This movie and Jojo Rabbit were the two movies I was looking forward to the most this year. That’s because Rabbit was done by Taika Waititi, who has done films I’ve loved. Uncut Gems was done by the Safdie Brothers, who did one of my favorite movies of 2017 — Good Time (Robert Pattenson).
That might be why I was so disappointed in this.
The Safdies seem to like the antihero, but in this, Howard Ratner is just such scum, it’s hard to become invested in his plight. And for everyone saying this is the best performance of Adam Sandler’s career — I’ll take him in Punch-Drunk Love and Funny People over this (he also showed his serious side most recently in The Meyerowitz Stories). He was good in this, but the performance was rather one-note.
Ratner is a jeweler in the Diamond District of New York, and also a gambling addict. When he walks down the streets of New York, it’s with the confidence of Tony Manero in Saturday Night Fever. Even when he’s running business in his shop, he wheels-and-deals, while flirting, and politely telling NBA star Kevin Garnett (who plays himself), not to lean on the glass case. Yet for some reason, he doesn’t have any logic in the other endeavors of his life. One could argue that’s what happens when you have an addiction, but the Safdies don’t explore the addictive side. And there are lots of characters in this that seem to lack logic in their decisions.
Ratner thinks his ship has finally come in. Well, his shipment, anyway. The movie started in a scene reminiscent of There Will Be Blood’s opening. Miners in Ethiopia are injured, and few bandits make off with a rare black opal. Ratner has it shipped to him and once he sells it, he can pay off the bookies, loan sharks (one of them played by the very talented Eric Borgnosian; there are a few scenes with Judd Hirsch as the father, which was a pleasant surprise). Perhaps a big score can save his marriage; or buy something nice for his mistress.
Although I didn’t care for The Lighthouse, I loved how annoying the foghorn and score added to the craziness. In this, the new-age sounding score (which was rather intriguing), mixed with sounds of the shop and yelling voices, just makes one anxious. And I guarantee that’s what the Safdies were after, but…I don’t need a movie to end with me feeling exhausted and with higher blood pressure. Unless the payoff was worth it. Instead, this isn’t a very interesting character study. It’s just a low-life make one bad decision after another.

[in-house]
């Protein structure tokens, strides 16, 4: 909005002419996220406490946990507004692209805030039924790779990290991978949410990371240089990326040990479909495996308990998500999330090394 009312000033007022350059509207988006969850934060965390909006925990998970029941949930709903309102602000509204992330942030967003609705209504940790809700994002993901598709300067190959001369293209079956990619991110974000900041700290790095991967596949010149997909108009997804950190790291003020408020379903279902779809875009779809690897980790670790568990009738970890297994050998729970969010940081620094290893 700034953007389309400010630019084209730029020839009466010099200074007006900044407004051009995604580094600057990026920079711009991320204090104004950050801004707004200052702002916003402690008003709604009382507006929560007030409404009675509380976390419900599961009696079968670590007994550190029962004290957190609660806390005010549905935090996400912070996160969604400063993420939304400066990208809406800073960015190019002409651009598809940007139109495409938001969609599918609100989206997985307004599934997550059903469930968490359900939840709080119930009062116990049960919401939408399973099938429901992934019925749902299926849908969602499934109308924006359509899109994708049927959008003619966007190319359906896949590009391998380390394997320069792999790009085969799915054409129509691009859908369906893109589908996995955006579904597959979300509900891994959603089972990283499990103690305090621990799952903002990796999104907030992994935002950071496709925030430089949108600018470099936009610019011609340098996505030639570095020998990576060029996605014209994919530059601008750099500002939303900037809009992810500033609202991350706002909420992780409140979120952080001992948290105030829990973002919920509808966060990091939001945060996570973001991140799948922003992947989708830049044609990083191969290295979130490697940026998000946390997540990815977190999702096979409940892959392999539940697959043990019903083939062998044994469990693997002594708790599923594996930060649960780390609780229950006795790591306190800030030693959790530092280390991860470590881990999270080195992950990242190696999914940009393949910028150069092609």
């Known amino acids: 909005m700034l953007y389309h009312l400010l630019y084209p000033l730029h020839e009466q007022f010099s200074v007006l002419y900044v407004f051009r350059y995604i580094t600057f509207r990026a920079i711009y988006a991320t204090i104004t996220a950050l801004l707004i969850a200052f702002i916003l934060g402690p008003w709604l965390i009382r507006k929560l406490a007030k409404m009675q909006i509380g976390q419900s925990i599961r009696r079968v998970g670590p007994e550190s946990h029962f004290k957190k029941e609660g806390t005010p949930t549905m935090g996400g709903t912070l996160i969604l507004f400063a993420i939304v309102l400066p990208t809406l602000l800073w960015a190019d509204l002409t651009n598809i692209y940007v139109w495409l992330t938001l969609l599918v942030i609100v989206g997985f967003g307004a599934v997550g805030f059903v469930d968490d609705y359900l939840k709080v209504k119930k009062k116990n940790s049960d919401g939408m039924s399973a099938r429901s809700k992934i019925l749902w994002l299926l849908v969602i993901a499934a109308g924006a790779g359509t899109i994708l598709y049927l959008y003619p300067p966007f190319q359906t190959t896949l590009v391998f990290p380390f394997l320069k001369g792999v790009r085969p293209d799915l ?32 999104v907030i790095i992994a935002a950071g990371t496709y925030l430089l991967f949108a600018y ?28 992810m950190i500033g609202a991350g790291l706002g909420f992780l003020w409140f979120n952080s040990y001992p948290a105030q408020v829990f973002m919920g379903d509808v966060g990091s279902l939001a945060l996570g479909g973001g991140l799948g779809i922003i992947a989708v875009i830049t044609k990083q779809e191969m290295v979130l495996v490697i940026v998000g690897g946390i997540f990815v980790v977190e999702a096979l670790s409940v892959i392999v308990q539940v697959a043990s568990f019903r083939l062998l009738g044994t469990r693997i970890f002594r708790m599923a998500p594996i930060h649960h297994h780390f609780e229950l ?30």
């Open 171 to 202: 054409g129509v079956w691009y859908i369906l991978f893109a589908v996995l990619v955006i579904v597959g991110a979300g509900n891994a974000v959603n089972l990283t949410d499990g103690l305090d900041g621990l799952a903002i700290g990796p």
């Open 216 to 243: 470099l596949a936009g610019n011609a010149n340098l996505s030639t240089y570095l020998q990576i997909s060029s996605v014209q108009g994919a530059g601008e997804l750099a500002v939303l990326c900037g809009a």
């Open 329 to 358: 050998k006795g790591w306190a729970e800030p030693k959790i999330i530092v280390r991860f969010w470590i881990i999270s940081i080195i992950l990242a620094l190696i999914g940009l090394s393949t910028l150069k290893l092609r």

When I was at a dinner/screening of this movie in L.A. with the cast, Idina Menzel (Frozen) talked about how she ad-libbed a scene where she pretended to punch Sandler in the face. The Safdies said stuff like that makes them look like better writers. What I wanted to ask Menzel was, if she was disappointed that she was underutilized. Especially since Julia Fox (who plays the mistress) has some interesting scenes and a bit of an arc.
Martin Scorsese was the executive producer, and at times, it felt like one of his movies, or perhaps Sidney Lumet’s Dog Day Afternoon (although I may just think that because a few times Sandler seemed to channel an Al Pacino on steroids).
I’m reluctant to give away the many flaws in the movie, because they’re spoilers. Let’s just say…situations happen that would never have happened.
I’m also reluctant to delve too much into the plot because the situation that transpires with Garnett is a lot more fun if you don’t know where it’s going. And even though many aspects of this film are predictable, what happens with his NBA championship ring, was a fun surprise.
The movie does have some comedic moments that worked well. I loved a line where Ratner says, “I happen to be a litigious individual.”
It also had some realistic touches that were brilliant. One of them involves a few thugs slapping Ratner around for not making a payment. His glasses end up in a fountain and he’s in a panic looking for them.
Another time, the heavies have him in the backseat of a car (this is shown in the trailers). They want to know where their money is, and one of them is upset he can’t afford to pay them but had his pool resurfaced. Ratner angrily responds, “I didn’t resurface my pool. Who said that?”
Such a cleverly done scene, but it’s followed by something that happens with the character that makes absolutely no sense.
There’s a section of the movie that involves an auction house, and I don’t buy a second of what is done with that segment.
I loved the opening and ending of the film, and how they bookend nicely. In fact, the last 15 minutes of this is outstanding. Incredible cinematographer Darius Khondji (Seven, Midnight in Paris, Okja, The Lost City of Z) had taken us inside the stone and a colonoscopy to start, and at the end…well, you should see it for yourself. I may have been a bit disappointed overall, but I’d bet the house (as Howard Ratner would), that you’ll enjoy it. It might be a diamond in the rough, but it’s certainly interesting. It makes me want to see Sandler play a timeshare salesman.
Now, the Safdie’s better give us more character development next time around.
What a weird year. Who would have thought two goofball comedians from Saturday Night Live, might both be nominated for Oscars for “best actor” (Sandler will for this, and Eddie in Dolemite Is My Name).
2 ½ stars out of 5. It gets an extra half star for having the funniest cameo of the year with John Amos.